You mentioned you’re looking for “big hearted’’ applicants for the $1m grant –what does that “big hearted’’ idea look like?

Deborah: I would hope all not-for-profits are all big hearted, after all they dedicate their time to working for the benefit of others. But I guess, more specifically it means a change-maker who is innovative, bold, excited by a new way of looking at an old problem with energy and enthusiasm.

B.I.G Investments – where do you see the growth here? And how does it complement this new approach?

Deborah: Looking for great impact investments is an ongoing job. We have employed an impact manager who is closely monitoring our investments and holding them to account if they don’t meet their claimed impact targets. We are very aware of the potential for impact washing as the term has become more well-known and so watch that very closely. As we moved all our money from traditional investments to impact and ESG, we are now looking to replace all our ESG investments with 100 percent impact investments.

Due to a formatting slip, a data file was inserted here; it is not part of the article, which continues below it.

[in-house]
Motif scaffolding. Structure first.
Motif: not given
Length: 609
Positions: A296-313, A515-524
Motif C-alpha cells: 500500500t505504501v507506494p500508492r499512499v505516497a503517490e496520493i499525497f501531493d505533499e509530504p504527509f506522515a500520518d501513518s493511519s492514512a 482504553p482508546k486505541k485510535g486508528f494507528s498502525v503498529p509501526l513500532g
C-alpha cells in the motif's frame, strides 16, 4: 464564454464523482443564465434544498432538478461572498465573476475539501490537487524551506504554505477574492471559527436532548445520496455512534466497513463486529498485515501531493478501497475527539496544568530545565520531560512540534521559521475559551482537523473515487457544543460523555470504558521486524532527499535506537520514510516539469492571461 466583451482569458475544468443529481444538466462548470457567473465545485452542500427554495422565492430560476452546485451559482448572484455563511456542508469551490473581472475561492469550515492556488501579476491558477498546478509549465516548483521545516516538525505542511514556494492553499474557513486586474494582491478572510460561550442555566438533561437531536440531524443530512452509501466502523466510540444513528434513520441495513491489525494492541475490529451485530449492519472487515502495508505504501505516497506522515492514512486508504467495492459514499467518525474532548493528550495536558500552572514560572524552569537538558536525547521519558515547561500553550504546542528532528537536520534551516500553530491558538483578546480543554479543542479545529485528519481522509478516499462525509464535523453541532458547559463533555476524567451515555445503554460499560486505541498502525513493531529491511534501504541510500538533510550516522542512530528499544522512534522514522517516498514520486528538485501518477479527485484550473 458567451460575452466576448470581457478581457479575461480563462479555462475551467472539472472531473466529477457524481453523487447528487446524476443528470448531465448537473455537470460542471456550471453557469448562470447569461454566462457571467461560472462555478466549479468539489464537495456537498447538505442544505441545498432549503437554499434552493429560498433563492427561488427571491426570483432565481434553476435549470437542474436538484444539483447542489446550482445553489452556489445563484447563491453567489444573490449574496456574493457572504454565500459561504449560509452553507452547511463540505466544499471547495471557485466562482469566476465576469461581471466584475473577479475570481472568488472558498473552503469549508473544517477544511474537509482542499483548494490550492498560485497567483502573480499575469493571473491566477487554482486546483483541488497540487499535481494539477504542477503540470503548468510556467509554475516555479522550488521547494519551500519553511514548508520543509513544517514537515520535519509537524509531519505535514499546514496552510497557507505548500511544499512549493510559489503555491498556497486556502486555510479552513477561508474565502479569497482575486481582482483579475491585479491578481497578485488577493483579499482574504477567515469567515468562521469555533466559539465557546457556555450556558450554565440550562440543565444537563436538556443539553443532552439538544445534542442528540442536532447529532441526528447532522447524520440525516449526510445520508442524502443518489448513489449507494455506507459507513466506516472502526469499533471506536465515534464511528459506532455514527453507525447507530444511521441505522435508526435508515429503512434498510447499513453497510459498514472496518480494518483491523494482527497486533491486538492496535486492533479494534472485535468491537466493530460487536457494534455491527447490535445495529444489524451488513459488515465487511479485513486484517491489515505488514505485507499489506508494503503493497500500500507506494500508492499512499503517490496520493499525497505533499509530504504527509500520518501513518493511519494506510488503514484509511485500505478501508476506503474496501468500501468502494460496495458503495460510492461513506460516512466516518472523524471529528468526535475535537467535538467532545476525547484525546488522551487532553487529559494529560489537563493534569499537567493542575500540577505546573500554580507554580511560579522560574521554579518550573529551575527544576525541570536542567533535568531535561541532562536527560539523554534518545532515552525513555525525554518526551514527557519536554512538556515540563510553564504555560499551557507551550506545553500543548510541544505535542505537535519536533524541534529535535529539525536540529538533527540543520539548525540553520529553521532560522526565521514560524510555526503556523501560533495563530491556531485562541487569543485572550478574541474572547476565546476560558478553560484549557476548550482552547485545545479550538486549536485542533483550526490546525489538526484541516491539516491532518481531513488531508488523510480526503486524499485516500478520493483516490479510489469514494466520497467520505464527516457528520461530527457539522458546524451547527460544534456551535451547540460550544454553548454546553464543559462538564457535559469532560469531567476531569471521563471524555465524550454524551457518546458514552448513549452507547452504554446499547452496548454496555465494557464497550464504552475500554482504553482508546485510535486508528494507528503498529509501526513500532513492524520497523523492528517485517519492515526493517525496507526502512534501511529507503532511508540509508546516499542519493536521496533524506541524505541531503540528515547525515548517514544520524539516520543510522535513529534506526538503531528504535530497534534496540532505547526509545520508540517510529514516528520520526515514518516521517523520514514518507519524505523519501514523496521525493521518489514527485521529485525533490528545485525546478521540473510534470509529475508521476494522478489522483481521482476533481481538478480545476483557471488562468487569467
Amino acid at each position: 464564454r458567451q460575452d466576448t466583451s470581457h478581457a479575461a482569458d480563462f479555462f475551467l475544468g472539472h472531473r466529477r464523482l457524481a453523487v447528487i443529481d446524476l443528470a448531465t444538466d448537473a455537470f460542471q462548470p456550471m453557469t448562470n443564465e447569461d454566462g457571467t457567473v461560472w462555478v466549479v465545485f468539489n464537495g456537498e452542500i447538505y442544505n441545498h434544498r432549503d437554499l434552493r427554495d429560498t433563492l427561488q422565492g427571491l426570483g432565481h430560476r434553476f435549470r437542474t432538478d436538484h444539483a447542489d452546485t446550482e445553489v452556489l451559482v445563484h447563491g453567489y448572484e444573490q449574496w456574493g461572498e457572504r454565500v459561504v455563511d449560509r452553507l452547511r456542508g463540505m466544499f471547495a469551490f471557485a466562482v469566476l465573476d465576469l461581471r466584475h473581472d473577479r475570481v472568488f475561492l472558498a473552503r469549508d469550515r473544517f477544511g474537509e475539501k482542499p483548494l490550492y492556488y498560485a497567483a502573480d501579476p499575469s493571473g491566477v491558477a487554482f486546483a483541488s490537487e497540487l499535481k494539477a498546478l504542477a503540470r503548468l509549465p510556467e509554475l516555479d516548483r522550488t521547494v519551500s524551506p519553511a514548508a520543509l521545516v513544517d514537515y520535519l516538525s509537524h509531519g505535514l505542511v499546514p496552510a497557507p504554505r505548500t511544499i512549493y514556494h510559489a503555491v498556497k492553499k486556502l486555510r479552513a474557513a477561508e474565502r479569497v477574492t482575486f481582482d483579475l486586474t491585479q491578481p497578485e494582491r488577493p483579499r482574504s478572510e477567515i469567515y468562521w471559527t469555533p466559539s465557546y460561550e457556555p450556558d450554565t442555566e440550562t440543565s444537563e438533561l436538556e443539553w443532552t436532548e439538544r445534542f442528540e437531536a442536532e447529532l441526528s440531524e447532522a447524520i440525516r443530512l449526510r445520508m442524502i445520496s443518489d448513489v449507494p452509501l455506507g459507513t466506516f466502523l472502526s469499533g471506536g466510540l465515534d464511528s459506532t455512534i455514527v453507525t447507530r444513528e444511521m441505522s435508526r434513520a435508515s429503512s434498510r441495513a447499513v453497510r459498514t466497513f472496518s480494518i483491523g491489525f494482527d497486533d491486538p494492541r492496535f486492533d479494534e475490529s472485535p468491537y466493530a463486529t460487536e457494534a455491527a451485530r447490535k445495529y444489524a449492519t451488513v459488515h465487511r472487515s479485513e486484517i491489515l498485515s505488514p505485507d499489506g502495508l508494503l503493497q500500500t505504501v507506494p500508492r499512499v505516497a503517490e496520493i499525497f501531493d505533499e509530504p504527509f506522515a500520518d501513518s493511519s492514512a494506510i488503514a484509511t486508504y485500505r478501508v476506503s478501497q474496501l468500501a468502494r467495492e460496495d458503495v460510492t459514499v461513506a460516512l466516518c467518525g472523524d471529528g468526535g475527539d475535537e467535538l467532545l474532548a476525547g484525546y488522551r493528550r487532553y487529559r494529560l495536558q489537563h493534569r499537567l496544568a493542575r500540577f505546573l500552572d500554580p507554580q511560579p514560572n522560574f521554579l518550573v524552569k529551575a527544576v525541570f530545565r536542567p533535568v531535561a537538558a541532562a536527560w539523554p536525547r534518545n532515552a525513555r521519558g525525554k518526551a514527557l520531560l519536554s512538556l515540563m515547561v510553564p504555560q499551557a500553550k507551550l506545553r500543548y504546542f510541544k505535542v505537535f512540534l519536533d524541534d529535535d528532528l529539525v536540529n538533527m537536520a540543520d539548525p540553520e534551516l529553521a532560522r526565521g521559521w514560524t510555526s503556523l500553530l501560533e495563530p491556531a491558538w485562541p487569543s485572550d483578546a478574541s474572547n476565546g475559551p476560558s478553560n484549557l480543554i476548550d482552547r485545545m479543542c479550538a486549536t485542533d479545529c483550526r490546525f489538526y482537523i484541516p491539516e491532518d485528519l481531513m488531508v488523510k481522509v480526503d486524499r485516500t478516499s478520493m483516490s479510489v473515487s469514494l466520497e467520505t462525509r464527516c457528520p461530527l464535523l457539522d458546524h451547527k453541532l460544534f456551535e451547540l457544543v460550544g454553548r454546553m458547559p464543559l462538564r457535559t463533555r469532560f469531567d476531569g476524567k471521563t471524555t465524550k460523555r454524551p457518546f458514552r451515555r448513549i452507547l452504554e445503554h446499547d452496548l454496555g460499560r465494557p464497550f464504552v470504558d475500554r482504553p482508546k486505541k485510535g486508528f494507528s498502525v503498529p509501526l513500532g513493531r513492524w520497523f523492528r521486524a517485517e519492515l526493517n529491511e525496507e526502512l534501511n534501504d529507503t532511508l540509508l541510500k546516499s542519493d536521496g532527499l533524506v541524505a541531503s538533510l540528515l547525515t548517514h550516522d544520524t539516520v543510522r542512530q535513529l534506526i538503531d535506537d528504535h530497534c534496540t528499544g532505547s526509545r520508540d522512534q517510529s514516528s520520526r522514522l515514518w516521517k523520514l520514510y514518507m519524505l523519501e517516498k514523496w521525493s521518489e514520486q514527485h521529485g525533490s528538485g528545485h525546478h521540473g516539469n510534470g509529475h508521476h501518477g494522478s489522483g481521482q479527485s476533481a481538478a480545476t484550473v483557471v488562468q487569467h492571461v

We are also looking at where we bank to make sure our cash is working for social change. I am particularly enraged when philanthropists use their greatest power – their corpus – to invest in things that cause society the most damage, and then move the required 5 percent of it over to something that does some good. That maths just doesn’t add up. The balance is so wrong and continues the same patterns that cause the inequalities we are fighting against. There are so many opportunities to make money while also doing good, it is up to us to find them, demand them and chose to support them. PAFs have such a vital role to play here as they can have a higher risk profile if they chose to. Although it is important to note that since we have moved our entire corpus over to values aligned investments we have actually done better financially. So it is win-win all round and a no-brainer for a philanthropist to use all their available resources towards social outcomes.

B.I.G Future is a great idea – only two percent of philanthropic funding goes to environment-related causes and issues. Why do you think that is? How does this initiative help shift the figure do you reckon?